This is such a profound post, and I can completely understand where you’re coming from! I enjoy seeing the world around us as a holistic system, and that sometimes can lead to certain levels of frustration and the feeling that things are not changing for the better fast enough. I definitely agree it’s about finding the balance between having “big thoughts” and taking everyday actions towards them. I spent a lot of time reading about emergence, which really helped me to recognise the importance of small actions and their “ripple effect” that move us towards greater impact. Nature never fails to teach us valuable lessons! :)
    I also feel this balance in mind-set is much more healthy and sustainable both for ourselves and for our ecosystem. I admire how you and Buffer have always remained quite grounded despite of Buffer’s success and the external voices that might have tempted you and the team to be otherwise. :)
    Thank you for sharing these thoughts on the open blog! :)

  • Bryan Milne

    Hey Joel, some good food for thought thanks. Personally I think that while thinking big is not a bad thing and can open one to the possibilities I have also found that it can be daunting as it puts light on the gap between the now and the possible future. I prefer to see the end as one of many possibilities with interim goals (base camps) in-between that are more clearly defined the closer that they are to the current point in time. Thanks for sharing. P.S The “Called Student” link redirects to a FaceBook timeline

  • Ben Keene

    100% Joel. Thinking big and expectation of success often clash. I love thinking big, but try and always focus on the small steps. I use this to try and drive all my thinking and action: “Keep your head in the clouds and your feet on the ground.”

  • Ben Stevens

    Great post Joel! I do love the saying ‘Shoot for the stars and if you come up short you might hit the moon’ but this strategy represents a very grounded approach to getting to where you want to be in business. It also reminds me of another great approach proposed by Dave Lavinsky who talks about how companies can grow bigger and faster by reversing their business plan. His approach is based around entrepreneurs defining the clear goals they want to achieve and then working their way backwards in a step by step process until they arrive back to their present point in time – hence giving them a clear guide/map of how to get to their desired goal. Both very interesting approaches indeed. Thanks for sharing.

  • There’s something to be said for the journey you can take users on also. They both learn the product more easily at the start but also evolve with it as its features improve and grow.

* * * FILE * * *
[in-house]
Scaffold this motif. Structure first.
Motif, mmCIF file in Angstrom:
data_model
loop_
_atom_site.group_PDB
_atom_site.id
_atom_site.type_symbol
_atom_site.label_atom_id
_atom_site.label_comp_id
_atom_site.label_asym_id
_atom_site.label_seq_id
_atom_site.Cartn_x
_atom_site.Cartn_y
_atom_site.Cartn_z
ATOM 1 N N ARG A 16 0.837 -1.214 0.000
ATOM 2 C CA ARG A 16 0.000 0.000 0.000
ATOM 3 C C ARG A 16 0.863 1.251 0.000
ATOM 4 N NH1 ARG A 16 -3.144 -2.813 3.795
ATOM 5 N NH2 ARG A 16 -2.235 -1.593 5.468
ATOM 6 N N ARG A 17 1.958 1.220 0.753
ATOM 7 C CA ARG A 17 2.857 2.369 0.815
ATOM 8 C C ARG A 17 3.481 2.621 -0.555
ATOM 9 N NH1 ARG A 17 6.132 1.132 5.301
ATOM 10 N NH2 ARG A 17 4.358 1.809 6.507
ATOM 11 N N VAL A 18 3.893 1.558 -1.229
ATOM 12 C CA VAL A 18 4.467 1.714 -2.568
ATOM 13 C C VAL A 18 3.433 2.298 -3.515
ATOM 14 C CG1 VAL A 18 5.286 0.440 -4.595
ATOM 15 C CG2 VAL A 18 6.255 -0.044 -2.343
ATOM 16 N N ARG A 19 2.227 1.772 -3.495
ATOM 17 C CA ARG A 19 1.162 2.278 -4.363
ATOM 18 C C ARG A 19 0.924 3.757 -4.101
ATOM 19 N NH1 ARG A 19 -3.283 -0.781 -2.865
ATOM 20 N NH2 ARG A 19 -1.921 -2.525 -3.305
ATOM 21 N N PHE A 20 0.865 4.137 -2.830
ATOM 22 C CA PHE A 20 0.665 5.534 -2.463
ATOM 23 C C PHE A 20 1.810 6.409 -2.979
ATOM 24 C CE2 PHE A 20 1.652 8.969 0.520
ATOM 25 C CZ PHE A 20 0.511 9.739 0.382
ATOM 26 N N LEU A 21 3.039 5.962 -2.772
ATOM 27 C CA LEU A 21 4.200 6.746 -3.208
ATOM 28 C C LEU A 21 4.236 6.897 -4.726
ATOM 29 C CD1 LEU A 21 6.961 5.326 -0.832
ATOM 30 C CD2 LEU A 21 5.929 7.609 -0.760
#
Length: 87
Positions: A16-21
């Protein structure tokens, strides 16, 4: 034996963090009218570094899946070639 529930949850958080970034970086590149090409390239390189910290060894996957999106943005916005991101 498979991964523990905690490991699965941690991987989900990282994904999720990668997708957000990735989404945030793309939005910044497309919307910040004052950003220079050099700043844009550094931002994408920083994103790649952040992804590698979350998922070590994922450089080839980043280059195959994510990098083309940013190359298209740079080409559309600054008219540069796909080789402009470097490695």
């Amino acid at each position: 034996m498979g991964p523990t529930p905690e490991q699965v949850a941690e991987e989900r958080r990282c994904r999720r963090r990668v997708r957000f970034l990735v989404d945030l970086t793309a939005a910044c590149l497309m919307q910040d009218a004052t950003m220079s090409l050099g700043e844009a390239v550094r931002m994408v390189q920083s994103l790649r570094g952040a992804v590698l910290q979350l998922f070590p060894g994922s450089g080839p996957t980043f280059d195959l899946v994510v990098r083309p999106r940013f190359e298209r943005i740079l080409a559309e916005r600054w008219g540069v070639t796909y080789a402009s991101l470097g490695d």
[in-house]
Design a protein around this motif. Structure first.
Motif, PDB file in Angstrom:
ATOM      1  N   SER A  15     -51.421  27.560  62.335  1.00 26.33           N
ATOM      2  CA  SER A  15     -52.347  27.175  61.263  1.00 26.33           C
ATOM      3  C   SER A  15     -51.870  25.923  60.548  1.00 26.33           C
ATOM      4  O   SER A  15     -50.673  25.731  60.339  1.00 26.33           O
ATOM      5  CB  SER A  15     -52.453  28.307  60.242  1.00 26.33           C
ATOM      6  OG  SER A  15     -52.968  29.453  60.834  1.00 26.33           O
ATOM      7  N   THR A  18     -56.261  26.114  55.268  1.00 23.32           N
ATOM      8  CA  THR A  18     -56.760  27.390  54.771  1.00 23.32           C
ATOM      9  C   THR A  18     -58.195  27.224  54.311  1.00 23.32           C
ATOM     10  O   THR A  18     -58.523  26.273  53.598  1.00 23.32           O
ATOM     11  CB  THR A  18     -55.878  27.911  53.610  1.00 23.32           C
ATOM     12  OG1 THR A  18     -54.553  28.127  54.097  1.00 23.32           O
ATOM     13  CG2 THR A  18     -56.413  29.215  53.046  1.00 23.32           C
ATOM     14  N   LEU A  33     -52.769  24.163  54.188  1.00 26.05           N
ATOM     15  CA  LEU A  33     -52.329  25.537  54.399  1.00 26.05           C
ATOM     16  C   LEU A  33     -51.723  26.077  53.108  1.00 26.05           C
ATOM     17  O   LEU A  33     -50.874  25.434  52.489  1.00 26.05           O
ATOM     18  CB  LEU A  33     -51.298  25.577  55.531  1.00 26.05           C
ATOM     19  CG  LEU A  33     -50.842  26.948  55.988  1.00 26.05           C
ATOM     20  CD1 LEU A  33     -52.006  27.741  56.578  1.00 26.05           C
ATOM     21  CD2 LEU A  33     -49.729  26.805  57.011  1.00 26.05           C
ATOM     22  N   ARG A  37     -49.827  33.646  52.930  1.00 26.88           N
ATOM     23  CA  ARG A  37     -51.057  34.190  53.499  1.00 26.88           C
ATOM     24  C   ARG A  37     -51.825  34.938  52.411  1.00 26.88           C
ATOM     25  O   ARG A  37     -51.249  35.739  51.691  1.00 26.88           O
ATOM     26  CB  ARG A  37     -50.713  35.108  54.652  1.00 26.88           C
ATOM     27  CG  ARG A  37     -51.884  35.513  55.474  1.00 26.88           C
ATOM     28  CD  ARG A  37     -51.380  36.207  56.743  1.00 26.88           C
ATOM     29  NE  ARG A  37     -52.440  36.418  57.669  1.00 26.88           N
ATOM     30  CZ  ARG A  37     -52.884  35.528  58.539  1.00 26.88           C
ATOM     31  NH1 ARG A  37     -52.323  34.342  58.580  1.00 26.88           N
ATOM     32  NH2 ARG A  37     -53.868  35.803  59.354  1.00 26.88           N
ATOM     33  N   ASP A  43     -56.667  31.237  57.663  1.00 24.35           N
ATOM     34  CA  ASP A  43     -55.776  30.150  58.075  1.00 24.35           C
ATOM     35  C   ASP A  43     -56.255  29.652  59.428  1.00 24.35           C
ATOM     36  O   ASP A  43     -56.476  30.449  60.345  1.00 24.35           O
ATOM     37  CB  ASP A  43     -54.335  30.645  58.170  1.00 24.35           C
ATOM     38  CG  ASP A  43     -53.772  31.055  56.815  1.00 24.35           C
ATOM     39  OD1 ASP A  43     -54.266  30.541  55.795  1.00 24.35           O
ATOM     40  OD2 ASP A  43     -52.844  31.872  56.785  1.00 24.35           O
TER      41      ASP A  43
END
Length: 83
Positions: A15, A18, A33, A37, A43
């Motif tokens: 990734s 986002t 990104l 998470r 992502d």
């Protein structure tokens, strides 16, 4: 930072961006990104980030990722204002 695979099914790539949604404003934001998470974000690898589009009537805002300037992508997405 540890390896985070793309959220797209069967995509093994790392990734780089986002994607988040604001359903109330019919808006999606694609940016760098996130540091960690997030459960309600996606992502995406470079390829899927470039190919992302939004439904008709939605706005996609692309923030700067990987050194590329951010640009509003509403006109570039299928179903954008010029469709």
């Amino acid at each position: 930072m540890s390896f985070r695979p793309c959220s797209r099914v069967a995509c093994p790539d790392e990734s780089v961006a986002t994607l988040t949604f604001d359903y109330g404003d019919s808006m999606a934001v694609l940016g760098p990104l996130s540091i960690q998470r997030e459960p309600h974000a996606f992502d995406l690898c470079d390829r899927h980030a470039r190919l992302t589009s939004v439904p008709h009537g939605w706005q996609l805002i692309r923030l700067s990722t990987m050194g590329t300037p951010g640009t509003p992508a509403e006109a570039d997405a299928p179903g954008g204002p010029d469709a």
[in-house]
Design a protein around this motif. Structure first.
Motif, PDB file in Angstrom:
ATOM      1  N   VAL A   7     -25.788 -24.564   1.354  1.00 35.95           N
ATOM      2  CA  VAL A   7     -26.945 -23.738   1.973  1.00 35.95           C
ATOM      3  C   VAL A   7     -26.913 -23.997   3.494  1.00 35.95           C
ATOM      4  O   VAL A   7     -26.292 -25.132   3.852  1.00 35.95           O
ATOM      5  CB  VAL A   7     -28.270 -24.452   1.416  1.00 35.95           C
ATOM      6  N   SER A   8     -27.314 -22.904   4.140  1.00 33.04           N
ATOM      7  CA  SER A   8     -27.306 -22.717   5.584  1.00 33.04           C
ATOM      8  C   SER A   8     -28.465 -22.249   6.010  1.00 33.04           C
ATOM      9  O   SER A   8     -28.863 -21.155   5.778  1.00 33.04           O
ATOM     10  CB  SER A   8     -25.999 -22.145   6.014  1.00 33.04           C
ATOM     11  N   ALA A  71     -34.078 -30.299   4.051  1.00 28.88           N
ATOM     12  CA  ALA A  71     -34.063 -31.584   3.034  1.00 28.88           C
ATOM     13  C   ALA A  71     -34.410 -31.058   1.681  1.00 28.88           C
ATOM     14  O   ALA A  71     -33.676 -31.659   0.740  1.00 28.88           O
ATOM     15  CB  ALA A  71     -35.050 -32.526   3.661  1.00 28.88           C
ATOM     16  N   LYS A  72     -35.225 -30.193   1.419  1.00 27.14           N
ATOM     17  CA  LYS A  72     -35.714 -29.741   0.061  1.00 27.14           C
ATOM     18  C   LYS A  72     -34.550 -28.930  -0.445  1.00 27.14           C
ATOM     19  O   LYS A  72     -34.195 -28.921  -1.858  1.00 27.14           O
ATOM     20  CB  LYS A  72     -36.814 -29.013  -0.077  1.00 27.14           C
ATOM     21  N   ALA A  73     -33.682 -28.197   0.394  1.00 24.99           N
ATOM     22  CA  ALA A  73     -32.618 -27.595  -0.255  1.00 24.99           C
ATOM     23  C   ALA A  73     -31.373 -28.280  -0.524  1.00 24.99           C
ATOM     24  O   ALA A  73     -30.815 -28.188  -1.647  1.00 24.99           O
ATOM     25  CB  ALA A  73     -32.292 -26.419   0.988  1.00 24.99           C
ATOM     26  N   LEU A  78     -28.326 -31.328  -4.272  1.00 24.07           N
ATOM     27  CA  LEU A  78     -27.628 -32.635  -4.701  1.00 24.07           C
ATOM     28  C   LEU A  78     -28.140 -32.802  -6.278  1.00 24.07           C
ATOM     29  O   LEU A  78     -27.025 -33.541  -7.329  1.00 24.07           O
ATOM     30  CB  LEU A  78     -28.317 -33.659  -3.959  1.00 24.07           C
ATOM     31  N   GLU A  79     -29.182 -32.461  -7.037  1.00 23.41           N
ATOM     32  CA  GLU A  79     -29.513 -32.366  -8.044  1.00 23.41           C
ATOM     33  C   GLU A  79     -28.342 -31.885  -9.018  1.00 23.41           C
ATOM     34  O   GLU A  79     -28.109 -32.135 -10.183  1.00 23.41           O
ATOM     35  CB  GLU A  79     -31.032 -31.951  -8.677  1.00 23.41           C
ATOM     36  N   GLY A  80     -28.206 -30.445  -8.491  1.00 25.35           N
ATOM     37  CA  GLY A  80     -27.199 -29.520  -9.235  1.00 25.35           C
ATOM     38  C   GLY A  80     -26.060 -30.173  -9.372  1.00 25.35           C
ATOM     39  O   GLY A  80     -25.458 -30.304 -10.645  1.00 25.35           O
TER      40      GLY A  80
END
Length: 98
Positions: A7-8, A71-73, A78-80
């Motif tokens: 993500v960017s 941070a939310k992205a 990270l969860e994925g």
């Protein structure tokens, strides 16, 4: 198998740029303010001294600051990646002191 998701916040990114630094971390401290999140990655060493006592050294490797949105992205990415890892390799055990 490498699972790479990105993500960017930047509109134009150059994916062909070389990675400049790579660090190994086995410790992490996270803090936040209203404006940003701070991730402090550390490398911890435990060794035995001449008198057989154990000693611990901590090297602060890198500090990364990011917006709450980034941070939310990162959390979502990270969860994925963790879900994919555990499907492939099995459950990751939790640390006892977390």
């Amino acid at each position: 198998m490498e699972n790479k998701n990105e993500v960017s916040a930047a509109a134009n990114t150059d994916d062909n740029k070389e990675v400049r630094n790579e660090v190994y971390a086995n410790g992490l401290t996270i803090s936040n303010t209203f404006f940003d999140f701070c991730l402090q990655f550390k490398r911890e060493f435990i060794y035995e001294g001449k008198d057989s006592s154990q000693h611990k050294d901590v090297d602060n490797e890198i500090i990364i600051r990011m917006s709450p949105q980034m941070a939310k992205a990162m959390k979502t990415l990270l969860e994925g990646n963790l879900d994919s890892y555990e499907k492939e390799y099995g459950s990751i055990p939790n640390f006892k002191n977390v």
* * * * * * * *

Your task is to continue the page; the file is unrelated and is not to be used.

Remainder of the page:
If you can develop new features just as users start to become aware of their need for them you can continue to wow them. Surprisingly I’ve only experienced that with a few apps… Buffer having been one of them.

  • Sylvia

    I’ve never considered that “thinking big” could have its downfall except possibly feeling unfulfilled or frustrated if you don’t attain those lofty goals…but after reading this article, Joel, I can see how it may take away from focusing on “the next step” or doing the “smaller” basic things well. Thanks so much!

  • Alvin V. Mapas

    Yeah… I love to do this, and I would definitely agree with the article. I always like to think big but it always ends there, and when its time to work on those big dreams, my work ends up in mediocre quality, honestly because of my laziness. I know I’ve got to change this cycle.

  • Salem Hephzibah

    Love this Joel. I was just thinking about this conundrum that big thinkers face. It can be our greatest strength and biggest weakness. Thanks for sharing, I can relate.

  • François Chabé-Ferret

    Dear Joel,

    First of all, I’d like to thank you so much for your inspiring work and for sharing such interesting thoughts ! I’ve been reading your posts for a while, and I must say it’s always a source of good thinking that helps me moving forward.

    Today, I’ve decided to write to you about this very post. As usual, I’ve started the reading with enthusiasm and curiosity, as the title really made me think of myself stuck between procrastination and a strong will to « make a little difference in this world » !

    Once again, I was delighted by the description of your problems and the questions you felt the need to answer. And I totally agreed with your first 3 points : how good and motivating it is to often « think big », how every single startup started small (usually : someone with a dream !) and how it is fundamental to be able to focus on small but essential concrete actions to finally achieve part or all of the « big thought » we first had.

    Now, I need to tell you that I disagree with two main ideas you shared in the rest of this post. And I’d like to explain you why (and I’d love to hear your thoughts about it !).

    Here are these two ideas (as I understood them) :

    1/ It is good and healthy for everyone to have ambitious thoughts, to « think big »… but not to much ! Otherwise, you venture to spend too much time thinking (not to say dreaming) instead of doing all the little things that will allow you to finally reach your actual goals.